“On the basis of capitalism, a system in which the worker does not employ the means of production, but the means of production employ the worker, the law by which a constantly increasing quantity of means of production may be set in motion by a progressively diminishing expenditure of human power, thanks to the advance in the productivity of social labour, undergoes a complete inversion, and is expressed thus: the higher the productivity of labour, the greater is the pressure of the workers on the means of employment, the more precarious therefore becomes the condition for their existence, namely the sale of their own labour-power for the increase of alien wealth, or in other words the self-valorisation of capital. The fact that the means of production and the productivity of labour increase more rapidly than the productive population expresses itself, therefore, under capitalism, in the inverse form that the working population always increases more rapidly than the valorisation requirements of capital.”49
All the increases in wealth and productivity do not translate into an equivalent increase in living standards and leisure time. On the contrary, as explained above, in recent times, not only is the share of wealth in society going to labour decreasing, but real wages have also declined. Meanwhile, workers work harder than ever. The development of the productive forces has not meant the general betterment of society and humanity, but instead only the enrichment of the few at the expense of the many.
The Economist sums up the situation today in their report, describing a world where growing inequality in society and an ever-widening chasm between the rich and the rest are seen as a result of automation and technological innovation:
“Technology has created a growing reservoir of less-skilled labour while simultaneously expanding the range of tasks that can be automated. Most workers are therefore being forced into competition between each other and against machines. No wonder their share of the economic pie has got smaller, in developing economies as well as in the rich world.”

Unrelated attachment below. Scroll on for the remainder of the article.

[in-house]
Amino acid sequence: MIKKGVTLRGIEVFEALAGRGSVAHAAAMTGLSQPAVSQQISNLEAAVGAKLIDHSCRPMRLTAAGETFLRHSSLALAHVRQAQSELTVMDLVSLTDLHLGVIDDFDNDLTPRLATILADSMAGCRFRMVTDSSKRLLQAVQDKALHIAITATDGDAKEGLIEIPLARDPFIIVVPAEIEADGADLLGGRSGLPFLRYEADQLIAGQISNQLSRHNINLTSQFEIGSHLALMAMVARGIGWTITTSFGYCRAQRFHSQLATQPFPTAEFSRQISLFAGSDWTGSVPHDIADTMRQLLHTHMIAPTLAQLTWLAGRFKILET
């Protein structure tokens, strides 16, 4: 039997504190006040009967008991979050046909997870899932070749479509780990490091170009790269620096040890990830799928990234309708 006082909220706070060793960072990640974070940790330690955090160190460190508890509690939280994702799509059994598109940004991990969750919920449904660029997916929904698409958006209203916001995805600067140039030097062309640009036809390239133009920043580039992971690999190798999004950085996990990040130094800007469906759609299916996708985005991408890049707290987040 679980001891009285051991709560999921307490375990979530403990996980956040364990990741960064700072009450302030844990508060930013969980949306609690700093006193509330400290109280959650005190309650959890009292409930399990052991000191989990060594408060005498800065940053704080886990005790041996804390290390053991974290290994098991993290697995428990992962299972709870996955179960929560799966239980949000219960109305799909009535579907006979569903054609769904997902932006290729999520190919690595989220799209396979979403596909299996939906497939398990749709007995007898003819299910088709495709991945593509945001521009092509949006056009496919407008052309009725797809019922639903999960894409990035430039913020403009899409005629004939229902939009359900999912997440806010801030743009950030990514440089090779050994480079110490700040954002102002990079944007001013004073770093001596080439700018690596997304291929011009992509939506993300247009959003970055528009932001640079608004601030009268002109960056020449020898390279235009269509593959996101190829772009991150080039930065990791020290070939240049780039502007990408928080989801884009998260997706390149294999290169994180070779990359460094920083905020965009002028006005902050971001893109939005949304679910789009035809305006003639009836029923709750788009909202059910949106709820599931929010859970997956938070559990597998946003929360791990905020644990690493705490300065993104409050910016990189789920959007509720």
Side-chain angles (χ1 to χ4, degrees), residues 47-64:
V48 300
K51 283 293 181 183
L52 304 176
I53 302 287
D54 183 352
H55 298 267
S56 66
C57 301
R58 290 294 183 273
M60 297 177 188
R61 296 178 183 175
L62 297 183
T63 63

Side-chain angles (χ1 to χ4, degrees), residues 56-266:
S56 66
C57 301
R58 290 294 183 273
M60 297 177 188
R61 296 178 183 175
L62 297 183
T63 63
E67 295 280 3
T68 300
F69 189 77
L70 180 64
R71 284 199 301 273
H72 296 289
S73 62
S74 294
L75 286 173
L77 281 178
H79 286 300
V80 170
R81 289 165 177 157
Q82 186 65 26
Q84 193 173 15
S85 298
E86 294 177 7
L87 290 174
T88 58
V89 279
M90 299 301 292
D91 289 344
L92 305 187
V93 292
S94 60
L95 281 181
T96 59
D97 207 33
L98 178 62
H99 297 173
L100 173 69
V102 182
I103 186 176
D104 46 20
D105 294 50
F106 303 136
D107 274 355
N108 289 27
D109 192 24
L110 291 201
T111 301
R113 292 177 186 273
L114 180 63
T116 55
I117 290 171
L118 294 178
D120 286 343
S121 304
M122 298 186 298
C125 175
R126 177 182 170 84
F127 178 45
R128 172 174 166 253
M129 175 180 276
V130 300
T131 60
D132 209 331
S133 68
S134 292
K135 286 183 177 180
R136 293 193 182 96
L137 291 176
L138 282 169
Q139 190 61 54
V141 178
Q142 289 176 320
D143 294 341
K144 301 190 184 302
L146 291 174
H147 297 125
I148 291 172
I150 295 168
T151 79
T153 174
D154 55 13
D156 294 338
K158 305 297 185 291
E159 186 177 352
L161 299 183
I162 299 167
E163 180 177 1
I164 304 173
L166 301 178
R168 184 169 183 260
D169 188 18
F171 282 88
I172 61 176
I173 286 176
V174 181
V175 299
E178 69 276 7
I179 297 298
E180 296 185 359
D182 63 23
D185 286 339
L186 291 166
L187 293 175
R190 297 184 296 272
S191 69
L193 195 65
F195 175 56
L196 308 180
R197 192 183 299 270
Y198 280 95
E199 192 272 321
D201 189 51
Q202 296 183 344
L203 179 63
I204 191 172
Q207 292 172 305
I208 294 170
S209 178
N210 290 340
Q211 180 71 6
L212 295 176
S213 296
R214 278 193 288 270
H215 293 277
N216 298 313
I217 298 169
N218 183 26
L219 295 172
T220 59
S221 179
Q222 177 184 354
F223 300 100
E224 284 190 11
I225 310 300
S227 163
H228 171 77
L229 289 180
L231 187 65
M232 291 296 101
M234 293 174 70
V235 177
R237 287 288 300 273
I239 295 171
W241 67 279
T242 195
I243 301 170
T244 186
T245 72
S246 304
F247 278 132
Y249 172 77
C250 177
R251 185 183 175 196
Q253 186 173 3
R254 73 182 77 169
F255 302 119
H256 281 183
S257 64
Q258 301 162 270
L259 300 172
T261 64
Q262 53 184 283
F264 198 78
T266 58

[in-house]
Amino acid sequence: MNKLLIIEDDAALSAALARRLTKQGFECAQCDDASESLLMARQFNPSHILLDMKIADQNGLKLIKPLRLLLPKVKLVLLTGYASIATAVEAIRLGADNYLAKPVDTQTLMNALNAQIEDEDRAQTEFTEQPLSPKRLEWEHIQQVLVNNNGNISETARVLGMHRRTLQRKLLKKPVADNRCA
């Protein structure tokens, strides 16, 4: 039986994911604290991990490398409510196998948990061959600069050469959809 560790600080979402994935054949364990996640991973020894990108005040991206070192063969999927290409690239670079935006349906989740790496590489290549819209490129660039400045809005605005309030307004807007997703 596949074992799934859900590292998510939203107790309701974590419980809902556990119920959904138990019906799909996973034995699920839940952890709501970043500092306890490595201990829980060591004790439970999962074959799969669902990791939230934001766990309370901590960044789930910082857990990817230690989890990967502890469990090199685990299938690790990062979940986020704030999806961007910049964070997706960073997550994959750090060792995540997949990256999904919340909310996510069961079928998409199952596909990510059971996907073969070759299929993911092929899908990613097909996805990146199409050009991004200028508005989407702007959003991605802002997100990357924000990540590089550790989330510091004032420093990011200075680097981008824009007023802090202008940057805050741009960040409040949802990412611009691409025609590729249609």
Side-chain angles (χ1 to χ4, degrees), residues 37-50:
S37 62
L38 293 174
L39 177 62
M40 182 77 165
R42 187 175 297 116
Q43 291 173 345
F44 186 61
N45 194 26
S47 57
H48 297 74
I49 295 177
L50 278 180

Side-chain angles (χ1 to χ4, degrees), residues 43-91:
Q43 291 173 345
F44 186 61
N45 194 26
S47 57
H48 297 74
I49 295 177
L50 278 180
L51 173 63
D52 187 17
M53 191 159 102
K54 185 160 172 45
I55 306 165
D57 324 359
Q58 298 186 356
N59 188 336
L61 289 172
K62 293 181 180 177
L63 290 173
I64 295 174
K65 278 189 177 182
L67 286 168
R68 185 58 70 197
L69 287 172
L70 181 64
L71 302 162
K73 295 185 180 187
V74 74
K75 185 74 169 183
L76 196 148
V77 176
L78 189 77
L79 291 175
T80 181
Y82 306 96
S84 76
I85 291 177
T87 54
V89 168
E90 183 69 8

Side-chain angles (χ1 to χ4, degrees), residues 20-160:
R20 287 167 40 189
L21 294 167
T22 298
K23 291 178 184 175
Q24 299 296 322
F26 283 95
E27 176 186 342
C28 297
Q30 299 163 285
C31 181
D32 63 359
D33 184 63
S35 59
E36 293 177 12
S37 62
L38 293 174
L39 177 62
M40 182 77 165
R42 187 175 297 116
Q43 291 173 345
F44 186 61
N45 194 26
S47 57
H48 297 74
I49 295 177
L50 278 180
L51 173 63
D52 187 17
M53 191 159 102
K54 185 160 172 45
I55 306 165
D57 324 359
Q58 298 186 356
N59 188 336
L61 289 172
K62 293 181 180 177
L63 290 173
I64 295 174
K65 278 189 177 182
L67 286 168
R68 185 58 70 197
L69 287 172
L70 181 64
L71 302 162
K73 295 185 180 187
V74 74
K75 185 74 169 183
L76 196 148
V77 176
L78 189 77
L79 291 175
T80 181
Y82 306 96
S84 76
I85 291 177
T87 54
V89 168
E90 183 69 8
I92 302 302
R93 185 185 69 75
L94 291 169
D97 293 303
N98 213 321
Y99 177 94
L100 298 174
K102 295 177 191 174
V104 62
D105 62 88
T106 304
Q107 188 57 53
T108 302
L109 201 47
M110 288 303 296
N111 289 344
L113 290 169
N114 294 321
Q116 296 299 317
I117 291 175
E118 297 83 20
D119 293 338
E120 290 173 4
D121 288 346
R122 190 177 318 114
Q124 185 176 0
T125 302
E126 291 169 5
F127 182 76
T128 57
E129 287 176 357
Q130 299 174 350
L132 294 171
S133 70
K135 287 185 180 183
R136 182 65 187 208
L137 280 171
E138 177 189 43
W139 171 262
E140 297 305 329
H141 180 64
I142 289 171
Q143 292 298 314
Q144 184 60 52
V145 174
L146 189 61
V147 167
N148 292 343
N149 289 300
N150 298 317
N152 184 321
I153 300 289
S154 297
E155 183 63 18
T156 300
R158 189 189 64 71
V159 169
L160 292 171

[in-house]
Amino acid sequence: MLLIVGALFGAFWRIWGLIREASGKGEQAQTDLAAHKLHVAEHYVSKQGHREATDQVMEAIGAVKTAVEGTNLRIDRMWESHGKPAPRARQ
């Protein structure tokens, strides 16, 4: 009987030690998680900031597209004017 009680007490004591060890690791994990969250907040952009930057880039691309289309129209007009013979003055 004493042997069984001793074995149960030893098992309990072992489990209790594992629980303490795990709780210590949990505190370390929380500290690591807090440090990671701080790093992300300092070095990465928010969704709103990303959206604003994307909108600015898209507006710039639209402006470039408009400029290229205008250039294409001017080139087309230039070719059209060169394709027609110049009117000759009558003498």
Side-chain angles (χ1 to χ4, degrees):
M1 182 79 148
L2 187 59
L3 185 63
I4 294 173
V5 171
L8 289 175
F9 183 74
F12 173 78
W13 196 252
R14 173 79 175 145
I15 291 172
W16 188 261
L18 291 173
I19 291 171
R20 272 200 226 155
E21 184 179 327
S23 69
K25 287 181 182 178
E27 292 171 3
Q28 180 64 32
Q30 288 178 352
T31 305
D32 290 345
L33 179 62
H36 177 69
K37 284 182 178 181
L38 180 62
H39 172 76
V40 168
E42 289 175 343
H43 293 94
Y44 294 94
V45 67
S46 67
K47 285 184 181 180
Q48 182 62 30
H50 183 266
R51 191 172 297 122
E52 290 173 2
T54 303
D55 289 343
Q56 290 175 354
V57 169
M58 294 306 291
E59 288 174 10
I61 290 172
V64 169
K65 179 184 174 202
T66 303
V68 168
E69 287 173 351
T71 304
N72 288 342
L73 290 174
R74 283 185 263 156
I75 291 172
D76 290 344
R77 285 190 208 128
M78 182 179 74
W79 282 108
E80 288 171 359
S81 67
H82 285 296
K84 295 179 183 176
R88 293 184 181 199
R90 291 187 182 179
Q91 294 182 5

What a nonsensical and contradictory world we live in under capitalism, where mass unemployment and underemployment exists alongside overwork; where living standards fall whilst technology advances; where leisure time is reduced despite an abundance of automation and time-saving devices. This is the economics of the mad house!
It is this contradiction which Marx called “the absolute general law of capitalist accumulation”50: the inevitable product of a productive process that is completely interconnected and social in its scope, but in which the means of production are privately owned and the wealth generated is privately appropriated. As Marx so eloquently summarises and concludes:
“Within the capitalist system all methods for raising the social productivity of labour are put into effect at the cost of the individual worker; all means for the development of production undergo a dialectical inversion so that they become means of domination and exploitation of the producers; they distort the worker into a fragment of a man; they degrade him to the level of an appendage of a machine, they destroy the actual content of his labour by turning it into a torment; they alienate from him the intellectual potentialities of the labour process in the same proportion as science is incorporated in it as an independent power; they deform the conditions under which he works, subject him during the labour process to a despotism the more hateful for its meanness; they transform his life-time into working-time, and drag his wife and child beneath the wheels of the juggernaut of capital… But all methods for the production of surplus-value are at the same time methods of accumulation, and every extension of accumulation becomes, conversely, a means for the development of those methods. It follows therefore that in proportion as capital accumulates, the situation of the worker, be his payment high or low, must grow worse. Finally, the law which always holds the relative surplus population or industrial reserve army in equilibrium with the extent and energy of accumulation rivets the worker to capital more firmly than the wedges of Hephaestus held Prometheus to the rock. It makes an accumulation of misery a necessary condition, corresponding to the accumulation of wealth. Accumulation of wealth at one pole is, therefore, at the same time accumulation of misery, the torment of labour, slavery, ignorance, brutalisation and moral degradation at the opposite pole, i.e. on the side of the class that produces its own product as capital.”51
22 4th October 2014
27 4th October 2014